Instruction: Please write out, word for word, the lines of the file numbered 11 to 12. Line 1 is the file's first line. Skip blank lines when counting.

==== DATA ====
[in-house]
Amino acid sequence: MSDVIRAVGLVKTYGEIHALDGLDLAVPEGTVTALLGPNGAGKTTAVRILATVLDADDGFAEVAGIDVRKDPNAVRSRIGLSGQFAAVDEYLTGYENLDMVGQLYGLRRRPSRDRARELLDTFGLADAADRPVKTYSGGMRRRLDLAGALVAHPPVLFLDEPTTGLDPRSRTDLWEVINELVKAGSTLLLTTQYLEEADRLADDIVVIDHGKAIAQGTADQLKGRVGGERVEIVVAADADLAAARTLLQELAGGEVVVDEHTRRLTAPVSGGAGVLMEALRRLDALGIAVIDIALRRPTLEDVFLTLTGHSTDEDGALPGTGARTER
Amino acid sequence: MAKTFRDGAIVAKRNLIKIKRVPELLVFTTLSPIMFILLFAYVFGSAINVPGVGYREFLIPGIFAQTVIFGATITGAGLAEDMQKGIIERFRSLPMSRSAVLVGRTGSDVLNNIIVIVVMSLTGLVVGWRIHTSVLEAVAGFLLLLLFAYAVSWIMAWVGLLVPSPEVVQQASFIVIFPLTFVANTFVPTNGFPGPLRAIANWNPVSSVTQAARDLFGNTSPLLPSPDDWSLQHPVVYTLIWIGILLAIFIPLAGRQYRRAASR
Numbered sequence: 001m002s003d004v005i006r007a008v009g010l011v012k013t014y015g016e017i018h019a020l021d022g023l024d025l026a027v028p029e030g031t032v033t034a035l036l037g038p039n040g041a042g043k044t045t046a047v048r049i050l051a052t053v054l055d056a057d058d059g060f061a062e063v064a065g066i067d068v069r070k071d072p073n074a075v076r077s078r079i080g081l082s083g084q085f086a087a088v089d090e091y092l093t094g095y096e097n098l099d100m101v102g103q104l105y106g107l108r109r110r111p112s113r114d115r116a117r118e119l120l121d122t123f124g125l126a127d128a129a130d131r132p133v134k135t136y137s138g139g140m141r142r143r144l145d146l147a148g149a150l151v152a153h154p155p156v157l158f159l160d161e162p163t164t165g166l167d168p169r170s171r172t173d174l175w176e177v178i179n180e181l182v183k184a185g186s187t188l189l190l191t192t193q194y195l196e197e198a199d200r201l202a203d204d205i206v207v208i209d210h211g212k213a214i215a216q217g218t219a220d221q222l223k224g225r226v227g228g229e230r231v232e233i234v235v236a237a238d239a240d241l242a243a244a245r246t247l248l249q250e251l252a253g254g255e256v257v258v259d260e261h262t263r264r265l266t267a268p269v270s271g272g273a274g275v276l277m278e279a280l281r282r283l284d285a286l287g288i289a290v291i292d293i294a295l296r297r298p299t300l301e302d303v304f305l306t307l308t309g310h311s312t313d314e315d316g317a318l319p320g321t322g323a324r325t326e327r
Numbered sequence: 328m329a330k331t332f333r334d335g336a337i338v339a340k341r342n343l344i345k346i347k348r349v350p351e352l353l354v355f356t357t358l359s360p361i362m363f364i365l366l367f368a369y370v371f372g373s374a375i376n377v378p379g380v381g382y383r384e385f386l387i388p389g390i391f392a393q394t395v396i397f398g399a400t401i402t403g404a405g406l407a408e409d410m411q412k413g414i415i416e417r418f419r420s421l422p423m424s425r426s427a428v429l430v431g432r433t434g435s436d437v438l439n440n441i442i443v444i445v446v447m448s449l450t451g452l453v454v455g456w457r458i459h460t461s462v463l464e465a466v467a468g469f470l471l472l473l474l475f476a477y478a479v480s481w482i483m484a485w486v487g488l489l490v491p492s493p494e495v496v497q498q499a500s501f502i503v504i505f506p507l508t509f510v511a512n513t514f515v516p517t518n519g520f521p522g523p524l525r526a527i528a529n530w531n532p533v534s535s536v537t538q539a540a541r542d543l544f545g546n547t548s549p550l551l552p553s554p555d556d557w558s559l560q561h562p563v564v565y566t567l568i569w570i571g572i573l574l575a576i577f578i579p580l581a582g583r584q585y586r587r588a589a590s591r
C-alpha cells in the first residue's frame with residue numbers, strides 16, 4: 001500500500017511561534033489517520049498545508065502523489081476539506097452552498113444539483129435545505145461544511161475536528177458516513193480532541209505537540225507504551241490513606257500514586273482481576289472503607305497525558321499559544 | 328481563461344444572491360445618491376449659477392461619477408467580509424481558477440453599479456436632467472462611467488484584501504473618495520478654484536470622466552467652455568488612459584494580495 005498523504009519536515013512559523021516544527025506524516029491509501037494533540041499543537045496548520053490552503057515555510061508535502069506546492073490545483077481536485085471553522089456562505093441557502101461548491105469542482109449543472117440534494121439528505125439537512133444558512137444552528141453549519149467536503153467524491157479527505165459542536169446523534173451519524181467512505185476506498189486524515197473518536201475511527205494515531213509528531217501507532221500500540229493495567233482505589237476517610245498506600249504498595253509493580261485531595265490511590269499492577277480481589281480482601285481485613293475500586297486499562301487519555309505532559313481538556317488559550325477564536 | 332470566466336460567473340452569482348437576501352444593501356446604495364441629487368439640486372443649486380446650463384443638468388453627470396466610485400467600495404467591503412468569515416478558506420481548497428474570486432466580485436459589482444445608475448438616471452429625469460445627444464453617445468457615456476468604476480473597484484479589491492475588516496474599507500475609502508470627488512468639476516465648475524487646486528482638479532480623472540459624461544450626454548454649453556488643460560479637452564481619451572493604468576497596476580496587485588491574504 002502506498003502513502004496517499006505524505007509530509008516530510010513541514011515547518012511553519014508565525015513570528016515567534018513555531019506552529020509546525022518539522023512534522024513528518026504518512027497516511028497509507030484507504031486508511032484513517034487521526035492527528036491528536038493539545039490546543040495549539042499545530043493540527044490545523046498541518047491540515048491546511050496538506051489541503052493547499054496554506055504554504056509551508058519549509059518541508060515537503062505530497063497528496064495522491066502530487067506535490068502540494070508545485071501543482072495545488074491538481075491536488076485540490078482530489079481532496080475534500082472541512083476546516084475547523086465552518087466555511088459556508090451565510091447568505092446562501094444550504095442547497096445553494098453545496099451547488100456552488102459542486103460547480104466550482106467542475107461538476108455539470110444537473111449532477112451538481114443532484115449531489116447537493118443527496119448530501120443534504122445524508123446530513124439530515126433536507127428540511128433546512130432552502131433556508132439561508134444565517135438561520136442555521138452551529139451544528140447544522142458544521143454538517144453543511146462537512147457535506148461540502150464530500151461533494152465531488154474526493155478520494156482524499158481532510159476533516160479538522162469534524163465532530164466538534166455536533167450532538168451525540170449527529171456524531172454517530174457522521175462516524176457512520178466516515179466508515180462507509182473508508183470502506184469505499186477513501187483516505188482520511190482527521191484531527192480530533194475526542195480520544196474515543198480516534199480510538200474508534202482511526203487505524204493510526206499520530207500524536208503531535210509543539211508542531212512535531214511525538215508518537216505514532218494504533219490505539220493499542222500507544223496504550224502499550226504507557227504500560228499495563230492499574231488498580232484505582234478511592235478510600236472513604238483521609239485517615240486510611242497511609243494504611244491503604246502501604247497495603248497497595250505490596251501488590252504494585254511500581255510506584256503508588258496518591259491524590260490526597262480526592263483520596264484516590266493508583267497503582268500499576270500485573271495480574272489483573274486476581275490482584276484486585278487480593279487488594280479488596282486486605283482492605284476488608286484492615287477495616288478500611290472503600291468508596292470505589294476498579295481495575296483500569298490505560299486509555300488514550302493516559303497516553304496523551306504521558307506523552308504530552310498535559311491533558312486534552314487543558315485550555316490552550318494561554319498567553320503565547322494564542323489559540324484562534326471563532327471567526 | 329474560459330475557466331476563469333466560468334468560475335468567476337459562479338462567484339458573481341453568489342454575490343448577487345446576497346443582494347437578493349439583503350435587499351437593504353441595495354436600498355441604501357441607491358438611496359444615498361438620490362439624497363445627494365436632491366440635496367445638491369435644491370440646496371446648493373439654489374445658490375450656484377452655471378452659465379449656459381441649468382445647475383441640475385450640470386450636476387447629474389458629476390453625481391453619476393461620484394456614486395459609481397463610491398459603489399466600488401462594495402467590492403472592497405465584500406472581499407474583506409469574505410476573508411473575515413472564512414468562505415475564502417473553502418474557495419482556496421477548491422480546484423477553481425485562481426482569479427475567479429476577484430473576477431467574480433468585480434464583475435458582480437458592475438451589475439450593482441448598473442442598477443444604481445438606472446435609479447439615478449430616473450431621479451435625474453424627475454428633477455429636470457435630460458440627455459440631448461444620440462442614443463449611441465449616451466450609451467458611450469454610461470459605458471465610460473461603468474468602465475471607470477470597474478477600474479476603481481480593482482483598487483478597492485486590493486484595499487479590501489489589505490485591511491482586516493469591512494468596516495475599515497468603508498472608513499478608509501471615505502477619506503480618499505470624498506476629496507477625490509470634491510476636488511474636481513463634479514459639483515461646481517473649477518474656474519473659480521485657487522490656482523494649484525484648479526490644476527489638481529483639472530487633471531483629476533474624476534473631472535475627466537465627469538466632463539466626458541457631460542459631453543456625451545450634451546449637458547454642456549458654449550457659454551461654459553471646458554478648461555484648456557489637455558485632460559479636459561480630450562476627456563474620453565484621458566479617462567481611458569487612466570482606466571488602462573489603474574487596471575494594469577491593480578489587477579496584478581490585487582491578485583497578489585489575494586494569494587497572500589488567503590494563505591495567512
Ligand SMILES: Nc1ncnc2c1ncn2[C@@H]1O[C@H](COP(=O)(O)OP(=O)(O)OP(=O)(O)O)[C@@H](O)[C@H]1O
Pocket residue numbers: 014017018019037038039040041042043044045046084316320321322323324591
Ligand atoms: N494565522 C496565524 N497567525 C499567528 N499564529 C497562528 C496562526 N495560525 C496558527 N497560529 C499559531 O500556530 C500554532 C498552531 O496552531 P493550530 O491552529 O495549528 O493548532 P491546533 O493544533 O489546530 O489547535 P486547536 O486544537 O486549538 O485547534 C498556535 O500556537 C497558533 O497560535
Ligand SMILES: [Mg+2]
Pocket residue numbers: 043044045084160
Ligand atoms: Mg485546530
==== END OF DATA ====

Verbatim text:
Pocket residue numbers: 043044045084160
Ligand atoms: Mg485546530